lip trills

Discussion in 'Trumpet Discussion' started by Kiddo, May 22, 2010.

  1. Kiddo

    Kiddo New Friend

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    Jan 30, 2010
    I must apologise for yet another incessant lip trill thread. But fact is that there are so many vague and misleading/divergent opinions on execution of lip trills over the net, that a trill-beginner like me get absolutely confused on where and how to start.

    For one, the technique that is most agreed upon is the pronunciation of the syllables 'taa-ee-taa-ee-taa-ee'. However, some say that jaw movement during the pronunciation must be limited, and concentrate on using the shifting on tongue position to change the speed of the air-stream instead; on this, I can't consciously shift my tongue without engaging in the motion of tonguing; my brain just simply can't move the tongue up and down without it bumping up and down the top and bottom part of the mouth (or that when i purposely do so, the note does not change at all).

    Either that, I'm doing it too slow, or my jaw starts to unknowingly do the 'taw-ee-taw-ee' lip slur motion. Or I'm forcing the air stream to change by blowing harder and softer, instead of using the movement of the tongue to do so.

    So is there any advice? Am practicing for like 2 months alrdy, no trill progress so far, except that my lip slur had improved leaps n bounds. (but nevertheless still nowhere close to trilling speeds)
     
  2. Vulgano Brother

    Vulgano Brother Moderator Staff Member

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    Time for one of the more esoteric Vulgano Brother observations. When we play a note, the air column inside the instrument has defined and mathematically predictable areas of high pressure and no pressure. In physics these are known as nodes and anti-nodes. The higher the tone, the more of these nodes ins inside the instrument. With a horn of sufficient light weight, we can play a long tone we can gently run a finger around the leadpipe and/or bell and feel some of the vibrations. Change to a different harmonic and that place will move.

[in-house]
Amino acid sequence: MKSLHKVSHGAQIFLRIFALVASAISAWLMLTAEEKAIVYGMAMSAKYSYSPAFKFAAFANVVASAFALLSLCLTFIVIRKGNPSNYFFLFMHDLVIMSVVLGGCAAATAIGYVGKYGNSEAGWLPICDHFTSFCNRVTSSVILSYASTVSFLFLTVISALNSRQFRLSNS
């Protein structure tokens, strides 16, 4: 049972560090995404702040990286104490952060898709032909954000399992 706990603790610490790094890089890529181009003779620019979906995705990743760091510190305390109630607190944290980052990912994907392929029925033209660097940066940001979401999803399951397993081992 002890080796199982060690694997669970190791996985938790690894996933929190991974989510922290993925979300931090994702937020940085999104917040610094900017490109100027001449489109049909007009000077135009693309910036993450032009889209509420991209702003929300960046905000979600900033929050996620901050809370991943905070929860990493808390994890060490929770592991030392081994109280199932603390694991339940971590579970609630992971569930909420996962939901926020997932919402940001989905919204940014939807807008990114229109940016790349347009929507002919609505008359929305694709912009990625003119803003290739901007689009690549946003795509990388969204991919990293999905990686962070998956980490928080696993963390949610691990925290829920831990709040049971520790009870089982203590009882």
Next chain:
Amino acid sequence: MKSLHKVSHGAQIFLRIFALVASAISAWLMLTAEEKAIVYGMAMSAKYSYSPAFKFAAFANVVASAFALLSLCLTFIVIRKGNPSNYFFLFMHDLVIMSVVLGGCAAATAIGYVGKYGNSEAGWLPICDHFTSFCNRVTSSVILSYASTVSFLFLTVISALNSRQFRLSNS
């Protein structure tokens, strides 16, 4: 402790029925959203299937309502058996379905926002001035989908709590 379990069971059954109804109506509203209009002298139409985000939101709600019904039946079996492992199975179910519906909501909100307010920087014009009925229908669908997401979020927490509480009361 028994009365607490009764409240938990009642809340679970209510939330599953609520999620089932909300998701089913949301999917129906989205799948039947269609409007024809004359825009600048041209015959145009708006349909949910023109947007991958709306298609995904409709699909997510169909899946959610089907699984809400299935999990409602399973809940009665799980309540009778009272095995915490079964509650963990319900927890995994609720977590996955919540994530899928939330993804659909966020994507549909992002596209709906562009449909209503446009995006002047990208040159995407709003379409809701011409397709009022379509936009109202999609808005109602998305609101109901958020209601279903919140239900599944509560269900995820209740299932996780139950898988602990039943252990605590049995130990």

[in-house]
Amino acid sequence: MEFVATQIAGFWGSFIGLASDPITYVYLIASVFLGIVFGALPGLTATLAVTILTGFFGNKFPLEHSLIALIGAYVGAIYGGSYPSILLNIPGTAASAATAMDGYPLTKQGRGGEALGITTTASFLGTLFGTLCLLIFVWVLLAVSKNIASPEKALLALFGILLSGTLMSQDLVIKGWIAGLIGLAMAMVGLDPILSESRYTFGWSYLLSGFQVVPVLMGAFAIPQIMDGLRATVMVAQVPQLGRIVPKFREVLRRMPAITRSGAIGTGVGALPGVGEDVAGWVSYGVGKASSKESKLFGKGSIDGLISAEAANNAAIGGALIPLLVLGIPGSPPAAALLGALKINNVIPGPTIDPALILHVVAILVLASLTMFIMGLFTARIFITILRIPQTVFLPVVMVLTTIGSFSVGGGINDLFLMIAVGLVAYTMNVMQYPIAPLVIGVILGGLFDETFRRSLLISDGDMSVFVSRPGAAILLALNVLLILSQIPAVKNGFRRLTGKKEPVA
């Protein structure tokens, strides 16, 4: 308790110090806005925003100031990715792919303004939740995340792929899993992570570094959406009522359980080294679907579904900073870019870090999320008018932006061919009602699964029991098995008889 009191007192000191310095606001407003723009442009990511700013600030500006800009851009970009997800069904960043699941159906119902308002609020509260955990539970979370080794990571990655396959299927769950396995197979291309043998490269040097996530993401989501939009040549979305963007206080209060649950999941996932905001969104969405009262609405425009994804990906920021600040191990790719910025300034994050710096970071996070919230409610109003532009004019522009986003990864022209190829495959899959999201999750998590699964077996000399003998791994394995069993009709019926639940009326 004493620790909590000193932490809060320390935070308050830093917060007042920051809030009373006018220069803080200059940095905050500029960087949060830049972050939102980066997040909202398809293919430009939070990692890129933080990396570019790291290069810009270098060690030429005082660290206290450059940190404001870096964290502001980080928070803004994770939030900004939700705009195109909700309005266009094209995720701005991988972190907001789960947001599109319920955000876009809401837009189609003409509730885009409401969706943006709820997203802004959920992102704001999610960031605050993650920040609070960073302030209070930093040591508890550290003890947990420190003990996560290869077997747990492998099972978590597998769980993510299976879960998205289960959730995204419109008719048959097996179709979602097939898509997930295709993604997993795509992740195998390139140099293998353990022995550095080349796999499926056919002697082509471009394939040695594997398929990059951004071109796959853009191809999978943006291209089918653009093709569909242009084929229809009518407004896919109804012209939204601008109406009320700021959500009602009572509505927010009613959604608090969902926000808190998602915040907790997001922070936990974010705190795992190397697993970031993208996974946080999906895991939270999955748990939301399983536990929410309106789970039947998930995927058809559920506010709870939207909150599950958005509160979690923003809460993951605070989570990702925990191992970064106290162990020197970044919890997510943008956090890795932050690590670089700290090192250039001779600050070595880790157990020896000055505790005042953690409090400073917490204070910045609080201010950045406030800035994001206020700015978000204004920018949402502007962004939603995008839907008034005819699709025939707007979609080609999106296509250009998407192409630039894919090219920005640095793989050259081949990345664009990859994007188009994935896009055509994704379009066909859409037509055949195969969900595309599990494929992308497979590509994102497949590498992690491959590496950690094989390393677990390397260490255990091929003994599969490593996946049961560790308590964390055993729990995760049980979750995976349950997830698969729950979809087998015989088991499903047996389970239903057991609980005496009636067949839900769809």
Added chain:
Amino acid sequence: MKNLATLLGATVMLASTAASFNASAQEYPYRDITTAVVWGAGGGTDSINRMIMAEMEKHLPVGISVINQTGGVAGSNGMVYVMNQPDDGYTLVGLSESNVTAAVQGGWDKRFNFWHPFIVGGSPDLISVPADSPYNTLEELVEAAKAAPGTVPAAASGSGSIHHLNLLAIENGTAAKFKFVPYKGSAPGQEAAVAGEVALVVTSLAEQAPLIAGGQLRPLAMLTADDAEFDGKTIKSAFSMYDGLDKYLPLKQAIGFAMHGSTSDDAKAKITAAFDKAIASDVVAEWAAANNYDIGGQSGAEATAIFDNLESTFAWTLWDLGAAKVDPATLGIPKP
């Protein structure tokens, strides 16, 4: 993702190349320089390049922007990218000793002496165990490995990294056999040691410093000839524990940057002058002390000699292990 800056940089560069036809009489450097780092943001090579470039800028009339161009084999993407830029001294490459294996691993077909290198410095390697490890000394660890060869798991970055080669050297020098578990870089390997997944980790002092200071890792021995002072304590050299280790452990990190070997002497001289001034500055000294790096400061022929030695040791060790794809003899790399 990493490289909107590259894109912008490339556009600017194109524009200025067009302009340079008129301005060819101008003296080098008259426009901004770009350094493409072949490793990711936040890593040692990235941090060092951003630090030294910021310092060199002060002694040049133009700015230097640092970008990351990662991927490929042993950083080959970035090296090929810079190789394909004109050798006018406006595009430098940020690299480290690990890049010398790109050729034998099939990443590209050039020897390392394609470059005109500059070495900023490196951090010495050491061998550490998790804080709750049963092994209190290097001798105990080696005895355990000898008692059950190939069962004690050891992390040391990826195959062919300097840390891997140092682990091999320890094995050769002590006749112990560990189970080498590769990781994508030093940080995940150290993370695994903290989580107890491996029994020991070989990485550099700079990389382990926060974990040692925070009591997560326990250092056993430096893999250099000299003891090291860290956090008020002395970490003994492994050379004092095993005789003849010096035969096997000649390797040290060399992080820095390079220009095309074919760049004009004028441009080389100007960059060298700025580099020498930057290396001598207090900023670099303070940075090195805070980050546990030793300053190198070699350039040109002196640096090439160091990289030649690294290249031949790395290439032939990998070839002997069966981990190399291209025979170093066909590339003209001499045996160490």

Now for the esoteric part. Playing a long tone, we can shift our awareness to inside the trumpet, and imagine/feel a point of resistance somewhere inside the horn. I call these "magic bubbles." To slur up, we can "blow" this magic bubble further away, backing off will allow the magic bubble to return to its place closer to the mouthpiece.

    Our body will memorize the feel of these notes and nodes much more quickly than the cognitive control of several variables can. Remember that the embouchure is (or should be, in the Zen Vulgano philosophy)formed in part by the note that it is playing.

    Experiment a bit, and have fun!
     
  3. Bob Grier

    Bob Grier Forte User

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    To truely learn lip trills get a teacher. It's not something you can "figure" out. Or learn about by reading.
     
  4. rowuk

    rowuk Moderator Staff Member

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    taa-ee-taa-ee-taa-ee + hard work. There is no better way. Don't forget lots of air.
     
  5. Al Innella

    Al Innella Forte User

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    A lip trill is a fast lip slur, concentrate on your syllables taa-ee , keep your air flow even,and use as little pressure as possible , too much pressure will slow a lip trill to a lip slur every time.
     
  6. Trumpet1Ohio

    Trumpet1Ohio Piano User

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    Jun 22, 2005
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    Here's what I do... not saying it's THE way, but A way. I plant my tongue below my lower teeth and use/think the syllables oo-ee-oo-ee. My trills are only doable above the staff this way. My method is easy for me since I use the anchor-tongue method to play in the upper register.

    FWIW,

    Good luck
     
  7. Sofus

    Sofus Forte User

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    Jul 26, 2008